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Electric Adjustable Base

Setting up your Desk, Computer & Accessories

Posted by Dr Michael Crane on 26th Feb 2015


Desk:

If your desk is height adjustable (electric), then you’re in luck. The reality is that most desks are not height adjustable. Unless you’re an operator of average height you will have to compromise the chair seat pan height. Either down or up to establish an ideal desk height, which allow the forearms to sit naturally.

For example:

Shorter people may have to raise the seat pan height to reach the desk. Their feet may not be firmly on the ground, therefore a foot stool maybe required for leg/foot support. Tip: If possible, cut or trim the legs of the desk to achieve suitable height.

Taller people may have to lower the seat pan height to sit with the desk surface. This will require them to extend the legs out further to ease the buttock pressure. Tip: Raise desk onto blocks to achieve suitable height.

The operator’s ‘Reach Envelope’ is the area on the desk that the operator can reach easily with their hands, without having to lean forwards or to the side. It’s roughly a semi-circle formed by both the operator’s hands, whilst the back remains leaning against the backrest. Items such as the keyboard, mouse, telephone and other accessories that are utilised regularly need to be located within this arc-like area.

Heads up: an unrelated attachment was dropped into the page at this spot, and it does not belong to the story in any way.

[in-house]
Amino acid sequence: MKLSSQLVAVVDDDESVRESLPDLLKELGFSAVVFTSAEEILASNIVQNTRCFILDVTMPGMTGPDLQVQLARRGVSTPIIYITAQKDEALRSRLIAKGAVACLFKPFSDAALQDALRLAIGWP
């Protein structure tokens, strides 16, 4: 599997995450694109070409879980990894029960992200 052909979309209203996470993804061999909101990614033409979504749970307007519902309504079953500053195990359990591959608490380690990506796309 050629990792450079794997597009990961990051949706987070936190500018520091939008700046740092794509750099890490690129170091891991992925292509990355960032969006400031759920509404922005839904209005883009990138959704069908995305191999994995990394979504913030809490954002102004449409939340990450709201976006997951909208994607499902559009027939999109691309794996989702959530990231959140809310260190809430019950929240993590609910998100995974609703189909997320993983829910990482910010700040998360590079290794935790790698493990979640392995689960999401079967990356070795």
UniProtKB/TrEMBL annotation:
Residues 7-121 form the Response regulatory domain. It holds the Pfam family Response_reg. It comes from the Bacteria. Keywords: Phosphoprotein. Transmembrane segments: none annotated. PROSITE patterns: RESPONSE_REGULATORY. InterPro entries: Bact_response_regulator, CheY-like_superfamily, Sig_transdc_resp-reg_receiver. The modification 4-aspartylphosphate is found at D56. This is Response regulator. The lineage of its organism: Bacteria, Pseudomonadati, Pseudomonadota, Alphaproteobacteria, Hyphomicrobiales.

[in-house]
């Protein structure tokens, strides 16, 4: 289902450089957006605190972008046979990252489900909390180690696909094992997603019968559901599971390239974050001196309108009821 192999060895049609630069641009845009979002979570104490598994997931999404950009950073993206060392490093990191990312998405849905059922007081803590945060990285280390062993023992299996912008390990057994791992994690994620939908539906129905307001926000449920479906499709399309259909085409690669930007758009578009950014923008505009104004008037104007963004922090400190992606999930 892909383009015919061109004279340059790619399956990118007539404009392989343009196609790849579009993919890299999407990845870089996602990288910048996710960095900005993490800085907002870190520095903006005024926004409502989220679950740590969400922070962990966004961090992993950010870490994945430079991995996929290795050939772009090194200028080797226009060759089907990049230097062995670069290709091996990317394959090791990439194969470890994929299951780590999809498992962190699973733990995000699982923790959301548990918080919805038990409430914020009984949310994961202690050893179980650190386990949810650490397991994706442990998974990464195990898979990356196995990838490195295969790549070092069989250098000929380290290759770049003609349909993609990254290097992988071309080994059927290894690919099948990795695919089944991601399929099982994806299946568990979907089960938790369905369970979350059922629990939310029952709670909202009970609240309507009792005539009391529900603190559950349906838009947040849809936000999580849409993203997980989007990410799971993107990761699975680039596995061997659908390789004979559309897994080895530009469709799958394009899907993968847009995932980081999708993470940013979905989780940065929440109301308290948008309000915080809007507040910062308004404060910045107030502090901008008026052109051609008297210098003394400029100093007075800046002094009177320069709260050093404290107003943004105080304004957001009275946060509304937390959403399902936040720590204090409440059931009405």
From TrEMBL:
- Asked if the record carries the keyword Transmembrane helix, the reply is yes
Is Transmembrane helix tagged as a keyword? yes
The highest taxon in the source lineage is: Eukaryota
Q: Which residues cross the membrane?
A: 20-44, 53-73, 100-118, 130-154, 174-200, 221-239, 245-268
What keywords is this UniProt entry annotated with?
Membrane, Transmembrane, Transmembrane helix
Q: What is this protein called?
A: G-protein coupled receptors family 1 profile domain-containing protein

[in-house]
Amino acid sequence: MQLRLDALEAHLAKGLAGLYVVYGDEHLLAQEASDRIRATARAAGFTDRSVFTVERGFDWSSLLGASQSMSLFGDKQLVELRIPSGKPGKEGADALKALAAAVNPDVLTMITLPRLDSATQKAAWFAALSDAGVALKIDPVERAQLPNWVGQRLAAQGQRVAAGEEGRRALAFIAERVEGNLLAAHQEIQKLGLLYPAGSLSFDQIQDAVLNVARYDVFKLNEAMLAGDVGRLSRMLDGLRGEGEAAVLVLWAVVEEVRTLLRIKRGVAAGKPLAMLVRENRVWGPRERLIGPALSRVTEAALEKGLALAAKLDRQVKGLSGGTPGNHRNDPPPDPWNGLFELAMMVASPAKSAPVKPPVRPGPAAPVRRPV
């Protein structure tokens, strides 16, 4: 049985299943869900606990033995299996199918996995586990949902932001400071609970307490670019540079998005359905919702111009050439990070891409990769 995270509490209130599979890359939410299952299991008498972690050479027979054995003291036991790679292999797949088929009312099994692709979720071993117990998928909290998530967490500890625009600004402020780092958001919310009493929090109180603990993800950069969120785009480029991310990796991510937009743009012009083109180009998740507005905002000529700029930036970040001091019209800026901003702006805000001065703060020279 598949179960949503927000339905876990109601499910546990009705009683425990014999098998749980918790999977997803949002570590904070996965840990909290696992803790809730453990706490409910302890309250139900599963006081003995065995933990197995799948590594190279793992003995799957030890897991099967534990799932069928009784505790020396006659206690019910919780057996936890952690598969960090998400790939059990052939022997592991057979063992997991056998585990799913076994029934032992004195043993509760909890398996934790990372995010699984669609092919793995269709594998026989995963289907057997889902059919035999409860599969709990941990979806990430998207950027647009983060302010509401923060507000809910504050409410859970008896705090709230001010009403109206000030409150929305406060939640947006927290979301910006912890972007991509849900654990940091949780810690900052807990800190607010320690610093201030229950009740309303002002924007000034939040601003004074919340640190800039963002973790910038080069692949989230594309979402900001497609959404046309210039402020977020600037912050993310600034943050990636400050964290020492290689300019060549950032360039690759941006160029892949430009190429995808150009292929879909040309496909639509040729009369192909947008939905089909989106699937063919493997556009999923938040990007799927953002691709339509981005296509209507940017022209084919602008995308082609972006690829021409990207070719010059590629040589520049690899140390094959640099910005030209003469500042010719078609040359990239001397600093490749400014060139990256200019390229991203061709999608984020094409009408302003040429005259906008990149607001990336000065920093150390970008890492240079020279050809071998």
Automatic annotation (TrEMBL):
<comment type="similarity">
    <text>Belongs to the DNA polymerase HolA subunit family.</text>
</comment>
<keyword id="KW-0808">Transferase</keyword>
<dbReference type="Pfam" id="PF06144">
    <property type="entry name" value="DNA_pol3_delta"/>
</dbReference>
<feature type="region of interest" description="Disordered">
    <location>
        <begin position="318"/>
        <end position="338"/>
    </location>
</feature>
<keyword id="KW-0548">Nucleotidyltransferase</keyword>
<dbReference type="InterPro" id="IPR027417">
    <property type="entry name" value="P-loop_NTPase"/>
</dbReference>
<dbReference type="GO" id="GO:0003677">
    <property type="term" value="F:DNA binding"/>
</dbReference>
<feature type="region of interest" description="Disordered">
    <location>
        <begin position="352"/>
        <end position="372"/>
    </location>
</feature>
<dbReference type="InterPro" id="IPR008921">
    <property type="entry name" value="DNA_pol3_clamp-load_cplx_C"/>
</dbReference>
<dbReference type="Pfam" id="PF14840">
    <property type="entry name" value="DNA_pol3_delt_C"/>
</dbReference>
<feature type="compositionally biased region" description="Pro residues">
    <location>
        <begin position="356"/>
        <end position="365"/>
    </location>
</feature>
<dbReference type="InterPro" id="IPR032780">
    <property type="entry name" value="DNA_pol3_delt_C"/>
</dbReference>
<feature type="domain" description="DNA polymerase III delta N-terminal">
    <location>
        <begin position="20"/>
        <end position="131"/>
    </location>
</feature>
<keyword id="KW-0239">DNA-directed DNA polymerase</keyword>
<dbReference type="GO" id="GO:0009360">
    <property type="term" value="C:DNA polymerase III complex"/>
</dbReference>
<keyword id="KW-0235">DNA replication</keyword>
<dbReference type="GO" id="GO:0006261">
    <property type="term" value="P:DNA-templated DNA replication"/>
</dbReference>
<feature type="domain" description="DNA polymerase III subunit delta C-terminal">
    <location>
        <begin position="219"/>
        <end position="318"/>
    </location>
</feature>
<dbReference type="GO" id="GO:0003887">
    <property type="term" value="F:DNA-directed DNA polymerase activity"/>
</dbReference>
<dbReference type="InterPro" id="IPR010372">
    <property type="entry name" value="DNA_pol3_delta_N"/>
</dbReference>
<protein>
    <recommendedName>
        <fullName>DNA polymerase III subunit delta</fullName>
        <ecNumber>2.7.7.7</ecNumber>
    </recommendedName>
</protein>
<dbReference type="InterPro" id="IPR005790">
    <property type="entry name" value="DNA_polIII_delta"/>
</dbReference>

Keyboard:

Should be located on the desk, directly in front of the operator. The position of the keyboard in relation to the operator’s hands is determined by their inherent body dimensions. With the operator’s elbows positioned at the sides of their trunk, the keyboard should be located directly under the eventual hand position.


Mouse:

Located directly in front of the operator, but slightly to the right or left of the keyboard (depending on your handedness). Remember: Elbow at side, then mouse under hand & don’t reach.


Monitor:

Should be positioned on the desk, directly in front of the operator.

The monitor’s height is relative to the operator’s eye level, whilst they are sitting correctly. Parallel to the ground the monitor should be located so that their eyes bisect around three quarters up the screen. That is one quarter above and three quarters below. Exception: Operators utilising bifocal glasses will have to lower the monitor accordingly, but ensure the head is not dipping, only the eyes.

Depending on the operator’s eyesight, the monitor can be positioned at around one arms distance from the operator’s fingertips, whilst sitting correctly.